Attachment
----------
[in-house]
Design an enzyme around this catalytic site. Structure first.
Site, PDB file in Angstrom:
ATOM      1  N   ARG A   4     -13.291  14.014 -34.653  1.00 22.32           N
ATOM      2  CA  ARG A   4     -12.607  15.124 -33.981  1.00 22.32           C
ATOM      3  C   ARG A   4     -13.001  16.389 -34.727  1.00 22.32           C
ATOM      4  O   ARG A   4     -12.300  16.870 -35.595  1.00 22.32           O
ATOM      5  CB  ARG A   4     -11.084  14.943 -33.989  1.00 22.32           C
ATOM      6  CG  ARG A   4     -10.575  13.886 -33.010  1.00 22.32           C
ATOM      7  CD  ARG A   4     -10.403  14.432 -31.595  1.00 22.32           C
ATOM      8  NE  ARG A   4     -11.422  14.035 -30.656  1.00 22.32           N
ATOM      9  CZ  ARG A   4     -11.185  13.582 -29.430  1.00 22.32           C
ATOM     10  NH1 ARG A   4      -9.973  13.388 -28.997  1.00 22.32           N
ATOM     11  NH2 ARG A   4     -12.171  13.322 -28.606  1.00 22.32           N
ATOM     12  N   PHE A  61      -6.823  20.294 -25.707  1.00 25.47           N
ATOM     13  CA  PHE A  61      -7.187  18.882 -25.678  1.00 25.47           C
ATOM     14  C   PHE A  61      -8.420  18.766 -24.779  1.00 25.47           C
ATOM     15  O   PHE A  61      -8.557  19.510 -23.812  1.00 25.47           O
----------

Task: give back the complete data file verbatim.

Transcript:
[in-house]
Design an enzyme around this catalytic site. Structure first.
Site, PDB file in Angstrom:
ATOM      1  N   ARG A   4     -13.291  14.014 -34.653  1.00 22.32           N
ATOM      2  CA  ARG A   4     -12.607  15.124 -33.981  1.00 22.32           C
ATOM      3  C   ARG A   4     -13.001  16.389 -34.727  1.00 22.32           C
ATOM      4  O   ARG A   4     -12.300  16.870 -35.595  1.00 22.32           O
ATOM      5  CB  ARG A   4     -11.084  14.943 -33.989  1.00 22.32           C
ATOM      6  CG  ARG A   4     -10.575  13.886 -33.010  1.00 22.32           C
ATOM      7  CD  ARG A   4     -10.403  14.432 -31.595  1.00 22.32           C
ATOM      8  NE  ARG A   4     -11.422  14.035 -30.656  1.00 22.32           N
ATOM      9  CZ  ARG A   4     -11.185  13.582 -29.430  1.00 22.32           C
ATOM     10  NH1 ARG A   4      -9.973  13.388 -28.997  1.00 22.32           N
ATOM     11  NH2 ARG A   4     -12.171  13.322 -28.606  1.00 22.32           N
ATOM     12  N   PHE A  61      -6.823  20.294 -25.707  1.00 25.47           N
ATOM     13  CA  PHE A  61      -7.187  18.882 -25.678  1.00 25.47           C
ATOM     14  C   PHE A  61      -8.420  18.766 -24.779  1.00 25.47           C
ATOM     15  O   PHE A  61      -8.557  19.510 -23.812  1.00 25.47           O